AFL: Andrew Dillon keen for new Lions venue to leave ‘legacy’

The AFL won’t allow the Brisbane Lions’ momentum to be derailed by a change of home ground when the Gabba is revamped for the 2032 Olympics.

The Lions will play at the Gabba for two more years before work starts on what will be Brisbane’s Olympic Stadium in nine years’ time.

Of the grounds the Lions could potentially call home, the club’s Springfield base and the RNA Showgrounds loom as the most likely options.

Even with upgrades, neither can match the Gabba’s capacity of a little more than 36,000, with the Lions facing the prospect of playing in front of home crowds of no more than 25,000 while their spiritual home is rebuilt.

AFL chief executive officer Andrew Dillon would not give his preference for where the Lions should move but was adamant that this year’s beaten grand finalists should be shown the respect they deserved as one of the competition’s best teams.

“The Lions are a big club,” Dillon said on Tuesday at the AFL’s National Inclusion Carnival at Springfield.

“(They have made) five finals series in a row and they don’t look like they’re going anywhere soon, so you want to make sure that as many people can watch the Lions as possible.

“Our preference is to make sure that we get something that works best for football in Queensland and if that’s RNA, or if it’s Springfield, we’ll work with the Queensland government.”

Dillon was due to meet with state government officials on Tuesday afternoon for further talks.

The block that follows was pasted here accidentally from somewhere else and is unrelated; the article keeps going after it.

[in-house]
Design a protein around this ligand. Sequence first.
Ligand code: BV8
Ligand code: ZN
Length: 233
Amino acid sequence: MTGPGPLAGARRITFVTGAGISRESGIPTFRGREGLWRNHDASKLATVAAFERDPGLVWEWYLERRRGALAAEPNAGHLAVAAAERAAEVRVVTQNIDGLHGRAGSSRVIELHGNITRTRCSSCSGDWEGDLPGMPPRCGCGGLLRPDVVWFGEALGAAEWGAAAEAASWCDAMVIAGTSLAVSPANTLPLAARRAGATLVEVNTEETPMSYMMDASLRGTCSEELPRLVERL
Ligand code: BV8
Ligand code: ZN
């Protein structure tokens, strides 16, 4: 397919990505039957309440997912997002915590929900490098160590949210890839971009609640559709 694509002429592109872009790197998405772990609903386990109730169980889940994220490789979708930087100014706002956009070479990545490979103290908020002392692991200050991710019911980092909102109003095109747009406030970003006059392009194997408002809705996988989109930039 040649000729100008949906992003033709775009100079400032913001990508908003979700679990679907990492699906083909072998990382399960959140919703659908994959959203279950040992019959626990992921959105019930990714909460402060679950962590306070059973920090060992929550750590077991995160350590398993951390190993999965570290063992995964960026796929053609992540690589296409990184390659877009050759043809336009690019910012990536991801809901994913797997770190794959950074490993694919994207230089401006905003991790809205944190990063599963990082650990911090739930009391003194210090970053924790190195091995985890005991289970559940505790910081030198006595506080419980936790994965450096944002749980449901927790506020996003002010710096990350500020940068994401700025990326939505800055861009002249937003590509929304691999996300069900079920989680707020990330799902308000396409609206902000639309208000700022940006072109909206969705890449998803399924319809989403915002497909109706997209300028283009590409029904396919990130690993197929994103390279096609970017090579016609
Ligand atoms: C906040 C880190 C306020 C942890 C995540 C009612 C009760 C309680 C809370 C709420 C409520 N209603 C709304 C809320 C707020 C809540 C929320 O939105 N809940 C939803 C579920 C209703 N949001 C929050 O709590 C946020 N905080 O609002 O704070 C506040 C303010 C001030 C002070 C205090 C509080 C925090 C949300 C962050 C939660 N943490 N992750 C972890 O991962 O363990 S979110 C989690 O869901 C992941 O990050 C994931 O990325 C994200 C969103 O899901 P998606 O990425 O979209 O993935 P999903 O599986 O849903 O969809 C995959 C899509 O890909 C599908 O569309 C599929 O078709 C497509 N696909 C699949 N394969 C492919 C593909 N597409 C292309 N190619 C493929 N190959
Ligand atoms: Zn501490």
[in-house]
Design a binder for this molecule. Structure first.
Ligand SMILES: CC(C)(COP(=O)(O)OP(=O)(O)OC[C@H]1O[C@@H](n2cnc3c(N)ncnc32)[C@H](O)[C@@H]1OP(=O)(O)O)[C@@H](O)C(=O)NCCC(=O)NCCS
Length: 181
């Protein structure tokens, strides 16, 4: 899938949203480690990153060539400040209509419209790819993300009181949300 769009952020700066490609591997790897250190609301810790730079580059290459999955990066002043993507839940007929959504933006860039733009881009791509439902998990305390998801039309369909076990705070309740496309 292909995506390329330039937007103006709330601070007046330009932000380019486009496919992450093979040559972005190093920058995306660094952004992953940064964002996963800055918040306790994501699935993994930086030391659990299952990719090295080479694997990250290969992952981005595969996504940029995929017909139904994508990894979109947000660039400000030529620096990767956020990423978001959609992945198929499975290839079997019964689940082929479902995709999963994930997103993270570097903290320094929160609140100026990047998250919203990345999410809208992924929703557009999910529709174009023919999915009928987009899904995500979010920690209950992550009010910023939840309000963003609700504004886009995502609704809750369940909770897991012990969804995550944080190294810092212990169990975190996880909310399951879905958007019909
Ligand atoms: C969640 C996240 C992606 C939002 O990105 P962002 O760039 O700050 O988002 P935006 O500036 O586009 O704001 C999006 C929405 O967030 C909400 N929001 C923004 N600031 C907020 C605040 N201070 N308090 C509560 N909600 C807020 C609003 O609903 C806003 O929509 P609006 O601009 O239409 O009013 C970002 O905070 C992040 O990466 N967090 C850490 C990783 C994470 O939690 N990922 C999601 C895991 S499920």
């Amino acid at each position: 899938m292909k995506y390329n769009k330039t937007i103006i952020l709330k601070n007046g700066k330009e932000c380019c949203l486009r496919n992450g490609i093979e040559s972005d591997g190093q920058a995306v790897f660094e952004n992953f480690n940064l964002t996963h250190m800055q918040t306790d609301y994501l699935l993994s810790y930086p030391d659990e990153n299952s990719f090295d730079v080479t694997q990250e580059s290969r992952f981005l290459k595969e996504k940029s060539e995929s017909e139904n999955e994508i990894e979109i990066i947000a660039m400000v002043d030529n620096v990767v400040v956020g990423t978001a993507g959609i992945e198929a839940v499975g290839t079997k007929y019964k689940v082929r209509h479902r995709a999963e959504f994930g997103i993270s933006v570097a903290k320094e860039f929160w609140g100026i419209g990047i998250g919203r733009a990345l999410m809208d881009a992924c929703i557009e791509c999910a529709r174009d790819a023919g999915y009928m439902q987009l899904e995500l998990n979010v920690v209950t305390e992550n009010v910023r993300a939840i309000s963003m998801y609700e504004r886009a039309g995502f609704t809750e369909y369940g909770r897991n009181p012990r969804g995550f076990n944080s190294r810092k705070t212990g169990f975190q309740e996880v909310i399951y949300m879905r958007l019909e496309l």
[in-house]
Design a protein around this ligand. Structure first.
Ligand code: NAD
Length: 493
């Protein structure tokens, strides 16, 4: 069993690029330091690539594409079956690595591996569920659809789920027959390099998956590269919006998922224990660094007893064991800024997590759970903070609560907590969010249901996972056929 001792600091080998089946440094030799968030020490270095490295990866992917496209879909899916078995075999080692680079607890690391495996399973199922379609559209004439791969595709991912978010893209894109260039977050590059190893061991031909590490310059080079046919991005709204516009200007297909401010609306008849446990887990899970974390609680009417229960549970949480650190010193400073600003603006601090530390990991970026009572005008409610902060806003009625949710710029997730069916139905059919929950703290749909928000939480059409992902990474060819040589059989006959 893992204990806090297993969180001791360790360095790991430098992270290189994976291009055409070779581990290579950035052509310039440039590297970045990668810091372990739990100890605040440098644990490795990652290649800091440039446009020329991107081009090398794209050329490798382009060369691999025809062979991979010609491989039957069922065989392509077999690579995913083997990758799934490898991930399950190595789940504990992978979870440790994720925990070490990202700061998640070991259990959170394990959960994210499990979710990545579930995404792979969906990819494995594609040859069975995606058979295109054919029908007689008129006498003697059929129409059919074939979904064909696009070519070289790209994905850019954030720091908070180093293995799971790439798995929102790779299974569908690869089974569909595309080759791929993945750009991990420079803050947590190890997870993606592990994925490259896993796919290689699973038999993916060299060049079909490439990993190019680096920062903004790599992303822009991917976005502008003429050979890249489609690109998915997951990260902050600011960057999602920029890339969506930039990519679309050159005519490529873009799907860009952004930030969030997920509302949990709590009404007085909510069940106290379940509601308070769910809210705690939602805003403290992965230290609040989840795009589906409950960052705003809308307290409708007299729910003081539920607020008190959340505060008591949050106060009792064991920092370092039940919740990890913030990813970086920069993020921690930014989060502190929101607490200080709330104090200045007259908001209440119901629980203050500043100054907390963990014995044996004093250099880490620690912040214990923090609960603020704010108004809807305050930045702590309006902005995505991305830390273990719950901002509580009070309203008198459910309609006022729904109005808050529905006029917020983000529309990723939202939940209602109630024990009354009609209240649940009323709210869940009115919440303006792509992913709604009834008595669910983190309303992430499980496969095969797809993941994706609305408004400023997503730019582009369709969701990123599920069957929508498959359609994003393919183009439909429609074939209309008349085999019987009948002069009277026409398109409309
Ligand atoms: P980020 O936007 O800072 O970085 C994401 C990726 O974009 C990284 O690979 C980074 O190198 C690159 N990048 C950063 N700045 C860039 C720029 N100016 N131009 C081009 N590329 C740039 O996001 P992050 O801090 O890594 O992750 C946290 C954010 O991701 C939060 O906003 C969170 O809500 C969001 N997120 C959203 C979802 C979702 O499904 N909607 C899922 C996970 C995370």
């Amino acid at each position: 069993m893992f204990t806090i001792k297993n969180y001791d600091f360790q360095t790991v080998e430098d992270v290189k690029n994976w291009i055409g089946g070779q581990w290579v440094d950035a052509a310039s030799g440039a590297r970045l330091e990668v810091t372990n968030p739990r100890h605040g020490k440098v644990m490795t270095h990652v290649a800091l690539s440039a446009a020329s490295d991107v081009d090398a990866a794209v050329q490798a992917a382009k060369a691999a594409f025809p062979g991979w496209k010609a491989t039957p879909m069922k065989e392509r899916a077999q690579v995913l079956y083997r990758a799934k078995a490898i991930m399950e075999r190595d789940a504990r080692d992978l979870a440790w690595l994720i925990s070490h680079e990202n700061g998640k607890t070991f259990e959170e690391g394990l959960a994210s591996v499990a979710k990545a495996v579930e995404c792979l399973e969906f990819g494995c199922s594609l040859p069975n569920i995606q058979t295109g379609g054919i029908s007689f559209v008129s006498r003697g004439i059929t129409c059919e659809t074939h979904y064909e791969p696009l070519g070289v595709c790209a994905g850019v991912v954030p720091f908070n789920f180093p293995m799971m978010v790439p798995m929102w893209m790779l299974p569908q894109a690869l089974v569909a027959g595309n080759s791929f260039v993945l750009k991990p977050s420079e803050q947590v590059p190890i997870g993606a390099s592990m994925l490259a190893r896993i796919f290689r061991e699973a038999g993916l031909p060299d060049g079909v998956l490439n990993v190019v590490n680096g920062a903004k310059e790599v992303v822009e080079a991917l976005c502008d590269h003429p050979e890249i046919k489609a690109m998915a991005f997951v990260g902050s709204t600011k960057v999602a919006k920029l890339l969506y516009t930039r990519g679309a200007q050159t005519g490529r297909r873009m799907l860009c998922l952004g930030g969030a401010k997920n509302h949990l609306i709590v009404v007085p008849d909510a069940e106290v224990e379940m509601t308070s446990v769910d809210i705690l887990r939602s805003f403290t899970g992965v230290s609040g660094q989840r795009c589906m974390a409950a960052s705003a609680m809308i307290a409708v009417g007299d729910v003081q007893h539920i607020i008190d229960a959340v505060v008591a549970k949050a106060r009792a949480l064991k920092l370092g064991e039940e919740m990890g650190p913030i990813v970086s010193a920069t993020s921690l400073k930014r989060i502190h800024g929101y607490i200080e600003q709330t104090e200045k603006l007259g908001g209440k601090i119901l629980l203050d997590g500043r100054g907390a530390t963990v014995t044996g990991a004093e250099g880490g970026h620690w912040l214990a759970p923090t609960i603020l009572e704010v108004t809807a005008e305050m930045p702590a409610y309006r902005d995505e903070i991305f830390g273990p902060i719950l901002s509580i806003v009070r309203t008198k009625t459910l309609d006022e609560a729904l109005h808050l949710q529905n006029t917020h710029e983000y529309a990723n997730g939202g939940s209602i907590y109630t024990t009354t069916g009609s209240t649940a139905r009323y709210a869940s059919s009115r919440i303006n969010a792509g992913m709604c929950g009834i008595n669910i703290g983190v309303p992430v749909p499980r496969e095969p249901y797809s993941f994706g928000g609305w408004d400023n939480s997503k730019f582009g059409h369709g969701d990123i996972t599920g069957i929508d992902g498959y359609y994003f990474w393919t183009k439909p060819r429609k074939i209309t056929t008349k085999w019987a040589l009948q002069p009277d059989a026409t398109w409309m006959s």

“What we want to make sure is that we have a stadium that is as comfortable as possible and is as good as possible that we can have but within the (capacity) constraints that we’re dealing with,” he said.

Dillon also said the AFL wanted an upgraded, temporary home for the Lions to leave a “legacy” for the sport that continues to grow in popularity in Queensland.

“The area that we’re in now (Western corridor) is the fastest growing participation area of all regions within Australia, so we’re really excited about that, particularly with lots of young boys and girls playing Auskick,” he said,

“Our participation numbers in Queensland this year hit over 68,000, which is a record for us.

“We’ve got plenty of opportunities here in Queensland. We’re going to continue to invest and grow, and what we want is for boys and girls, and men and women, to have a great experience when they play AFL.”

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